St. John’s cornerback Omar Truitt hearing recruiting pitches from teammate, Terps

When the notebooks close shut and the pencils come out, signaling test time in the St. John’s College High School economics class, quarterback and Maryland commit Will Ulmer will often turn to his teammate and begin to whisper.

No, it’s not some cheating conspiracy. Rather, a recruiting pitch. “Hey,” Ulmer tells cornerback Omar Truitt, just softly enough so the teacher can’t hear, “let’s go Maryland.”

Ulmer, a four-star dual-threat quarterback who announced his commitment to the Terrapins in late April, has since assumed the role of on-the-ground hype man, promoting his future program to Truitt, himself a three-star prospect and Washington D.C.’s seventh-best player from the class of 2014, according to 247sports.com.

Ulmer talks about offensive coordinator Mike Locksley, who’s handling Truitt’s recruitment, and the enticing idea of continuing their careers together at the Division I level. His position has become a top priority; the Terrapins are aggressively pursuing several local defensive backs for their next recruiting class, including Friendship’s Jalen Tabor and Gilman’s Troy Vincent Jr.

Maryland offered Truitt after back-to-back visits to College Park, a short 20-minute drive from his high school, on May 20 and 21. Coach Randy Edsall was away that Monday, so Locksley asked Truitt to return the next day.

“We’re talking about life and all that good stuff, the direction they’re going in,” Truitt said. “He was saying, ‘Coach Edsall wants to meet you tomorrow, and honestly he’s not just going to want to meet you for no reason. Most likely you’ll be getting an offer.’”

Truitt had heard that spiel before. Coaches fawn over his talents and rave about his film. But their compliments always came with a catch: We just want to wait until camp before we offer.

So Truitt remained skeptical, 45 minutes into the visit he and his parents had with Edsall. Then Edsall broke out the offer, and Truitt found himself grabbing his father’s leg, fearful of any celebration too obvious.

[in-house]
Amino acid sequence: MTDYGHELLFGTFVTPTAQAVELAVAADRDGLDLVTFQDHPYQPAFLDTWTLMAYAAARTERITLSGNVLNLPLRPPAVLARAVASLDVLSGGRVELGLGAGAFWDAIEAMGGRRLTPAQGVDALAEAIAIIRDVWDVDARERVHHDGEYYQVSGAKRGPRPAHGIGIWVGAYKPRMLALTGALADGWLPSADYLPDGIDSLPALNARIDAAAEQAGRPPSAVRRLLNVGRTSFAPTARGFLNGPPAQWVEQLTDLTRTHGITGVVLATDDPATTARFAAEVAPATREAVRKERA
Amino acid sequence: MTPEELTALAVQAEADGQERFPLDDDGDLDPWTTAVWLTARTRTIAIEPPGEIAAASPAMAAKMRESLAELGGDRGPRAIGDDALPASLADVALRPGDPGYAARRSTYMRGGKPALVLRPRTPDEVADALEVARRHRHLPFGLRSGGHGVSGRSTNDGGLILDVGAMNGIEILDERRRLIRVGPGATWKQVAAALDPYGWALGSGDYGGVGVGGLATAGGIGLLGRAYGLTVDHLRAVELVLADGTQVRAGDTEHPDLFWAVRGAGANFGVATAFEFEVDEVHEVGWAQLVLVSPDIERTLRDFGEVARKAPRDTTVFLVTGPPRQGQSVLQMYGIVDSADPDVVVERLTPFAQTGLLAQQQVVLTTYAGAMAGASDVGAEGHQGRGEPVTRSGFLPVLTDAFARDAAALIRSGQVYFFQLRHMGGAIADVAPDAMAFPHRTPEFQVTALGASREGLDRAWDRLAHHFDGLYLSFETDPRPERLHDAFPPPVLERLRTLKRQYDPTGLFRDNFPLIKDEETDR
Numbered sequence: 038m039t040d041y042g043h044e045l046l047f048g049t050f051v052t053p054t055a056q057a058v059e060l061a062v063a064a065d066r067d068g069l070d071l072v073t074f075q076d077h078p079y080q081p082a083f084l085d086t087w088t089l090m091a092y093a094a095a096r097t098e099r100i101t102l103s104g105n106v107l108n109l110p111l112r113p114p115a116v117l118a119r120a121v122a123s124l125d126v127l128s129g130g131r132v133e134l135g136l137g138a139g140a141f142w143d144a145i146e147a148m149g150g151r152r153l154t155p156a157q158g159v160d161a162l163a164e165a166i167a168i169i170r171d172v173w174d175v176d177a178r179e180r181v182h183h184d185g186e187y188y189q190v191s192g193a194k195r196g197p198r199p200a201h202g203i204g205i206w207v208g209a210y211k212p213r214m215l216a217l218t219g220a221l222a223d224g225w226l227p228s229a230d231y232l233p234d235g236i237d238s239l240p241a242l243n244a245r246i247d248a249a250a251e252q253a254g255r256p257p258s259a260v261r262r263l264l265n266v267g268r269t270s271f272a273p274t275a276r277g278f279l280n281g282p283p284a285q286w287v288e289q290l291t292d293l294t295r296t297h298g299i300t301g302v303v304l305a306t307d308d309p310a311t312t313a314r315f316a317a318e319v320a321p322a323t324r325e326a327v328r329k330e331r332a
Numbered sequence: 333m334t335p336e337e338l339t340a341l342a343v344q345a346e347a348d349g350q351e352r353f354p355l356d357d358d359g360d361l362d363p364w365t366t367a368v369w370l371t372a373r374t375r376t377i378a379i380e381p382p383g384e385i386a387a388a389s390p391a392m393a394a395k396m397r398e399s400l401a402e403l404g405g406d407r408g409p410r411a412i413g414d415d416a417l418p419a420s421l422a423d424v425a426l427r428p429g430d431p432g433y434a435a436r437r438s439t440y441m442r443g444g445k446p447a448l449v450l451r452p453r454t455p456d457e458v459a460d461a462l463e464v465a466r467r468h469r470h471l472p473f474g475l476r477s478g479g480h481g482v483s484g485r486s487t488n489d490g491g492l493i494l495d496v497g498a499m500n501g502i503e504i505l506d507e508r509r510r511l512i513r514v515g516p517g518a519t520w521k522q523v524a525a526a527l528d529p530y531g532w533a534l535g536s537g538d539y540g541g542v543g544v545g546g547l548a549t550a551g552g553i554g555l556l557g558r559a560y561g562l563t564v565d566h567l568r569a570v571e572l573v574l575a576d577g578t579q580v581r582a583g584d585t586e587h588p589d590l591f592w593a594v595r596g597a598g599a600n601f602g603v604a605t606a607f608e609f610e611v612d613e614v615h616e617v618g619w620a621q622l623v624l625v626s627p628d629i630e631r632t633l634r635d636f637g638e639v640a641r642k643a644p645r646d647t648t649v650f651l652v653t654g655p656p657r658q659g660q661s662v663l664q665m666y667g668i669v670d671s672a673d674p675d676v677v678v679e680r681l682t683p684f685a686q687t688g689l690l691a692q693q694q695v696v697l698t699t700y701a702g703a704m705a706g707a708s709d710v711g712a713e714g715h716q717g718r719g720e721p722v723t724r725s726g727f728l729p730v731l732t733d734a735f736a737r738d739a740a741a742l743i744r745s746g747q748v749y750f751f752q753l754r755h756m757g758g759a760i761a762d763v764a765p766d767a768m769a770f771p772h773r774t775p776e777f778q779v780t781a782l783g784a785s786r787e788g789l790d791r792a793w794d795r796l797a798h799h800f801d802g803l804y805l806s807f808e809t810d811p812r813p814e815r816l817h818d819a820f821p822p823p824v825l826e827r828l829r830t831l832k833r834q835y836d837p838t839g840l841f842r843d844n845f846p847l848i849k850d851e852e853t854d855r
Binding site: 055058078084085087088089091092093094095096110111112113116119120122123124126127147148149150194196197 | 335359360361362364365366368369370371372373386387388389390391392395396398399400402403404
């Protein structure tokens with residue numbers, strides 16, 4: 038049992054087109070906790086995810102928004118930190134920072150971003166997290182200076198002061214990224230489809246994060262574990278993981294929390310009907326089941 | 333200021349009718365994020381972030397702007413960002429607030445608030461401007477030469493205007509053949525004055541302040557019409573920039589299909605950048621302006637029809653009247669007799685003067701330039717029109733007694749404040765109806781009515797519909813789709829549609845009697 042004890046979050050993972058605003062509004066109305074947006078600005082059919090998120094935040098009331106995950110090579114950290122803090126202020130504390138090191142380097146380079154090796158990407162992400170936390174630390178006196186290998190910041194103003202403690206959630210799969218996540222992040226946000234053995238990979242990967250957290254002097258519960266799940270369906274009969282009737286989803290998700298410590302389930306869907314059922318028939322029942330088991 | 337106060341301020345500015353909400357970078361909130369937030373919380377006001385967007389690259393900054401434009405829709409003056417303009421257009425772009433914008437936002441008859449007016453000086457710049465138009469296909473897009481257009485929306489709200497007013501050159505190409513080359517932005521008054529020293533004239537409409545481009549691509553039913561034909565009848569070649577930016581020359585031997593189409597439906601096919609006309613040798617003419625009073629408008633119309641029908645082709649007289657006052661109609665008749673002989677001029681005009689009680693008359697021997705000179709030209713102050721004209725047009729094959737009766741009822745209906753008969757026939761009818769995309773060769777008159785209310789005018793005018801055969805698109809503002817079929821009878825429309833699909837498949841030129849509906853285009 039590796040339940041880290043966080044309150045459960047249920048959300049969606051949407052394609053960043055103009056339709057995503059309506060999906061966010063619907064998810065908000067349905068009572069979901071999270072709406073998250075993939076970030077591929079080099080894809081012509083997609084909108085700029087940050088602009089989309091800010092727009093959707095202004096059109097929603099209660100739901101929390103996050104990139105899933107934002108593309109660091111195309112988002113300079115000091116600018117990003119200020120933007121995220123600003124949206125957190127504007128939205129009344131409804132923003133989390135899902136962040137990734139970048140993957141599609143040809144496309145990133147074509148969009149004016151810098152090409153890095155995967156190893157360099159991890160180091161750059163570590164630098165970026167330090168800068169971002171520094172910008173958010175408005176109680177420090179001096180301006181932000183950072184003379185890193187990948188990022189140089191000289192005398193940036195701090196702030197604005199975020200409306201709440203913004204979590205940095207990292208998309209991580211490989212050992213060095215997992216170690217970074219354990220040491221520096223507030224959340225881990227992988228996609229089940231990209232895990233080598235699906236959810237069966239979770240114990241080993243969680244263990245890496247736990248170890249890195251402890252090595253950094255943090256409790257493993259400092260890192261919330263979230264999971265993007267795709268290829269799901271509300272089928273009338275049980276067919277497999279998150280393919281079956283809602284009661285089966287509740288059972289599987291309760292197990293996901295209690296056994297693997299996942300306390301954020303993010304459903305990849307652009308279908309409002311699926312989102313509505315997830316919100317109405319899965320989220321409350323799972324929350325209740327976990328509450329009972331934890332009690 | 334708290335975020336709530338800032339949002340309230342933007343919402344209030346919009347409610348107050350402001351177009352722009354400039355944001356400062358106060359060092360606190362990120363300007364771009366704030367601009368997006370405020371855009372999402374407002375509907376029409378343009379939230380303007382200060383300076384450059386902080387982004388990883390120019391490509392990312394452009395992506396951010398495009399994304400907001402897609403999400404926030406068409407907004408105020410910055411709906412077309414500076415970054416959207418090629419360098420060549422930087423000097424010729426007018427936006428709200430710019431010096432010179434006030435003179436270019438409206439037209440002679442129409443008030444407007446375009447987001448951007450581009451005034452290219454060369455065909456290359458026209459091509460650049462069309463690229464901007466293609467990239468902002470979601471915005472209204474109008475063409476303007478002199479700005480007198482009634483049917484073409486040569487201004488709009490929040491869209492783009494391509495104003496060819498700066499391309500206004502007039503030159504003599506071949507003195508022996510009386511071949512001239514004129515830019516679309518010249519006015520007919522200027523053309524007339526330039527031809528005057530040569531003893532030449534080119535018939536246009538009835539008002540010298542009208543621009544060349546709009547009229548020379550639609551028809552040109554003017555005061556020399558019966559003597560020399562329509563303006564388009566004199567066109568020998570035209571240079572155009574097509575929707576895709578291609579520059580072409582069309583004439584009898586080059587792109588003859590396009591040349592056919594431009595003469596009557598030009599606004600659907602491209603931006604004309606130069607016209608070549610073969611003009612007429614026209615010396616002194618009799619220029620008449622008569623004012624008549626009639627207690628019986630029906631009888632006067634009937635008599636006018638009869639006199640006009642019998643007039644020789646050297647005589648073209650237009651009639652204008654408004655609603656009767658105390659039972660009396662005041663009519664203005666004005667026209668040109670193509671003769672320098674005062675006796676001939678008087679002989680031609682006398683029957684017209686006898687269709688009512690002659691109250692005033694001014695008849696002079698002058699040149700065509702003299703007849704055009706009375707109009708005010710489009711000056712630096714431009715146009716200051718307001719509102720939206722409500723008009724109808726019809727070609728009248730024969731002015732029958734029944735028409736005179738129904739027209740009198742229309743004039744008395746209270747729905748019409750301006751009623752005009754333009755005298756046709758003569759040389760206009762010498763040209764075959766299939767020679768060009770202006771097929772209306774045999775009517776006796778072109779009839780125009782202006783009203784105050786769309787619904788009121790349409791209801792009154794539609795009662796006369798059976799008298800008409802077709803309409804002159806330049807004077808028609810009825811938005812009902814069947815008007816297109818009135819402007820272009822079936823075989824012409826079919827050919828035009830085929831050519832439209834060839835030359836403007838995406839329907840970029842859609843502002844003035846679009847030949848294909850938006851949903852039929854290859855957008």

It’s a recurring non-problem Truitt has these days, especially now that he’s racked up four scholarship offers. When Iowa called Truitt and offered Wednesday, he muted the phone and excitedly yelled to his mother.

“When you first get on the phone with them or first meet them, it hits you,” Truitt said. “You just want to cry, because you know you’ve been working so hard for this moment, that people are finally recognizing your talents and what you can offer to their football program. It’s still a very exciting time.”

Truitt, whose father Olanda retired from a six-season NFL career when Omar was 2 years old, projects as a college cornerback, though his first position ever was offensive line.In youth league flag football.

“So that’s how you know I wasn’t good at all,” Truitt said.

He played cornerback and receiver, his father’s position, the next year after advancing to tackle, but because he was the tallest player got moved back to the line. After that, he started playing quarterback until enrolling at St. John’s.

Twice calling the Hawkeyes a “great fit” after Wednesday’s offer, Truitt has three camps scheduled for a whirlwind early-June tour: Pittsburgh on June 7, Ohio State on June 8 and Tennessee on June 9. On June 21, he plans to visit Iowa for its elite junior day, but just hours before the Hawkeyes phoned was at Gossett Team House, chatting with Ulmer and members of Maryland’s staff.

And if Ulmer gets his way, a commitment won’t be far behind.

“They’re changing things around,” Truitt said of the Terps. “You can tell they’re getting serious about what they want to do with their football program, and thinking about being a part of that process is exciting.

“It’s a different Maryland.”

Alex Prewitt covers the Washington Capitals. Follow him on Twitter @alex_prewitt or email him at alex.prewitt@washpost.com.
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Alex Prewitt · May 31, 2013

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